Top five 2015 commits for Notre Dame football

South Bend Tribune


With a hot summer on the recruiting trail, Notre Dame’s 2015 recruiting class moved into the top 10 nationally. The 17 current commitments should make up the majority of the Irish class that signs in February.

Notre Dame will continue to recruit to round out an elite class that likely will finish with somewhere in the neighborhood of 20-22. But the current Irish class wouldn’t have moved to No. 7 in the country according to Rivals and 247Sports without the members who have already offered their pledge to head coach Brian Kelly.

Some commitments mean more than others – whether it’s a matter of need, talent or a confluence of circumstances. The top of the class offers more appeal to fellow recruits and hope for a promising future to fans.

Here’s one ranking of the top five staples of Notre Dame’s current recruiting class and why each commitment is so important.

5. OL Jerry Tillery, 6-6, 315; Shreveport (La.) Evangel:

Tillery’s recruitment is part par for the course and part anomaly for Notre Dame. Since offensive line coach Harry Hiestand arrived at Notre Dame, the Irish have been recruiting elite offensive lineman with regularity. In the previous two recruiting cycles, Notre Dame signed nine offensive linemen, almost all with four-star ratings or higher.

Tillery continued the trend when he became the first 2015 commitment in June 2013. If he enrolls at Notre Dame, he will end a Louisiana drought for the Irish. The last player to sign with Notre Dame from the Pelican State was Albert Poree in 1999. In the past year-plus, Notre Dame has increased its efforts in the state behind secondary coach Kerry Cooks. Tillery’s commitment could help the Irish finally break through in a talent-rich state.

Making sure Tillery stays on the path to enrolling early at Notre Dame in January won’t be easy. LSU continues to push hard to prevent him from leaving the state. Both programs covet the size and athleticism Tillery brings to the offensive line. With work on technique with Hiestand, Tillery could become a standout offensive tackle.

247Sports slates Tillery as the No. 8 offensive tackle in the 2015 class. Rivals ranks him No. 15 at the position. Both rate Tillery as a four-star prospect. Watch highlights of Tillery here.

4. WR Miles Boykin, 6-4, 225; New Lenox (Ill.) Providence Catholic: 

Size matters when it comes to Boykin. The recently committed wide receiver would become one of the biggest receivers to sign with the Irish in recent years. Sophomore Corey Robinson (6-5, 205) is the tallest wide receiver on the team. Only Daniel Smith (6-4, 208), Michael Floyd (6-3, 215) and Duval Kamara (6-4, 205) came to Notre Dame in the last decade with similar size.

Boykin could grow into a tight end at Notre Dame, but he’ll start at wide receiver with a 40-yard dash time of 4.5 seconds and a 35-inch vertical jump. His size and speed will allow Boykin to develop into a big-play threat and a reliable red-zone target, something the Irish offense has lacked at the receiver position since the departure of Floyd following the 2011 season.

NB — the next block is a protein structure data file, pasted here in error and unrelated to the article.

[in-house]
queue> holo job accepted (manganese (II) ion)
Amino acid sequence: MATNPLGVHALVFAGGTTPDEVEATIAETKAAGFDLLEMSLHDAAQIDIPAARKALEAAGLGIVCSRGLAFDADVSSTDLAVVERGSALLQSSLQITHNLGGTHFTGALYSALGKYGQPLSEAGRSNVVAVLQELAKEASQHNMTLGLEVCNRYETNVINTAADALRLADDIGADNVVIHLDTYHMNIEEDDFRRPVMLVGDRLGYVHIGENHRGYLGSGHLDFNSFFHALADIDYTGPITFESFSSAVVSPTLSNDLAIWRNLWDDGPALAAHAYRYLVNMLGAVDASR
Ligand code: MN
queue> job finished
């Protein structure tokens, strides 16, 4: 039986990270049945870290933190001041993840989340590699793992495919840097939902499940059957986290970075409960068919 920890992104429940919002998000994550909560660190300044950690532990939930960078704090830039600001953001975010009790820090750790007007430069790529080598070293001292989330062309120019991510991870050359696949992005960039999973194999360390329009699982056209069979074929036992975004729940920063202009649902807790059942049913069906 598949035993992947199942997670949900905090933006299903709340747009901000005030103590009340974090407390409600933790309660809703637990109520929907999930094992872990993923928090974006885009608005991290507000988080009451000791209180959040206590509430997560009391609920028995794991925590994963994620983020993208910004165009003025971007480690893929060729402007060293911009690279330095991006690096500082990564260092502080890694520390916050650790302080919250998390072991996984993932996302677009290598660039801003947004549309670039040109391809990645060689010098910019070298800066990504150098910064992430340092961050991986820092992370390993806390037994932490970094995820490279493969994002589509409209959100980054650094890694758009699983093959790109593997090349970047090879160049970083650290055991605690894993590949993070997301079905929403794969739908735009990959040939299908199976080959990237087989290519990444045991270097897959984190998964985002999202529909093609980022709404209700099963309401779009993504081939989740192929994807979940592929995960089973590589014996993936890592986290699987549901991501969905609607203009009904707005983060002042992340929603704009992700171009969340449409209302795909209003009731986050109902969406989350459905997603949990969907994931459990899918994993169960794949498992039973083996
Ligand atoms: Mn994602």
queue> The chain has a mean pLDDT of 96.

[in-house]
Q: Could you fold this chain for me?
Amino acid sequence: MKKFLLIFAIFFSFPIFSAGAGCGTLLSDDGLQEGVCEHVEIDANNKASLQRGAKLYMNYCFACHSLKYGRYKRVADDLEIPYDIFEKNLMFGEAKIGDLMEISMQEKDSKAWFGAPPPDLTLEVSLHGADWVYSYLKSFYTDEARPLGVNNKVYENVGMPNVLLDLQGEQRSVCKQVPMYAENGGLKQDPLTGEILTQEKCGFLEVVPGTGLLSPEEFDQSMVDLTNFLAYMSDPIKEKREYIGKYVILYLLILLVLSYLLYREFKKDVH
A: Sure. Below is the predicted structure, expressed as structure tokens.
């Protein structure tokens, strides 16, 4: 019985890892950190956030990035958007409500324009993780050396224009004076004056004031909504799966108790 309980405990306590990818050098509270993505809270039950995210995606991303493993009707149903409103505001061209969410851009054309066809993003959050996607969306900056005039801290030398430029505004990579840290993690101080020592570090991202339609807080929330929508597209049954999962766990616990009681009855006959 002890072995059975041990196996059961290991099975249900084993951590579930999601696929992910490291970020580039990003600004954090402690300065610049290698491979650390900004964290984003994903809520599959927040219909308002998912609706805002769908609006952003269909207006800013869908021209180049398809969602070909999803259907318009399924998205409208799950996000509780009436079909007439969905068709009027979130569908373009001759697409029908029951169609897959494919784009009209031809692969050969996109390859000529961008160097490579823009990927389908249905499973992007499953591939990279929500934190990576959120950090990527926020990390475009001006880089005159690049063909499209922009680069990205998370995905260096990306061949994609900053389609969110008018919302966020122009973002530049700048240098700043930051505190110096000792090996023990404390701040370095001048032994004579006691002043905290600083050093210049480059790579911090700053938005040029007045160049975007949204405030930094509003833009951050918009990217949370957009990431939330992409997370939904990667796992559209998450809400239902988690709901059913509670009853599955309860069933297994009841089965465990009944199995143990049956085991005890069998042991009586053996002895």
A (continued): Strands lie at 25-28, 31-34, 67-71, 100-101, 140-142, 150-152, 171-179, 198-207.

A prospect from a Catholic school in the Chicago area, Boykin fit the mold of a recruit the Irish should land. If the Irish are able to find a quarterback in the 2015 class, the opportunity to throw to Boykin and his fellow receivers can be a part of the pitch.

Rivals ranks Boykin as the No. 10 wide receiver in the 2015 class. 247Sports slates him No. 34 at the position. Both rate Boykin as a four-star prospect. Watch highlights of Boykin here.

3. CB Shaun Crawford, 5-9, 170; Lakewood (Ohio) St. Edward:

Notre Dame fended off a pair of Big Ten recruiting rivals — Michigan and Ohio State — to land Crawford. Once a Michigan commit, Crawford flipped following a visit to Notre Dame and eventually committed to the Irish in June. The impression left from the trip to South Bend wiped out any momentum the Buckeyes could stir up before his second decision.

Crawford is an explosive playmaker on both sides of the ball. He combined for more than 1,000 yards and 10 touchdowns, then totaled 82 tackles as a safety. He’ll play cornerback in college where he’s developing coverage skills to go with his quick closing speed.

Previous defensive coordinator Bob Diaco may not have recruited Crawford because of his size, but Brian VanGorder pushed for the undersized speedster. At the national Nike football camp, The Opening, Crawford recorded a 4.48 40-yard dash and a 38.8 inch vertical on Tuesday. Some of the numbers coming out of the camp seem more in favor of the athletes than the NFL Combine, but his 40 time seems to match the speed shown on film and in camp settings.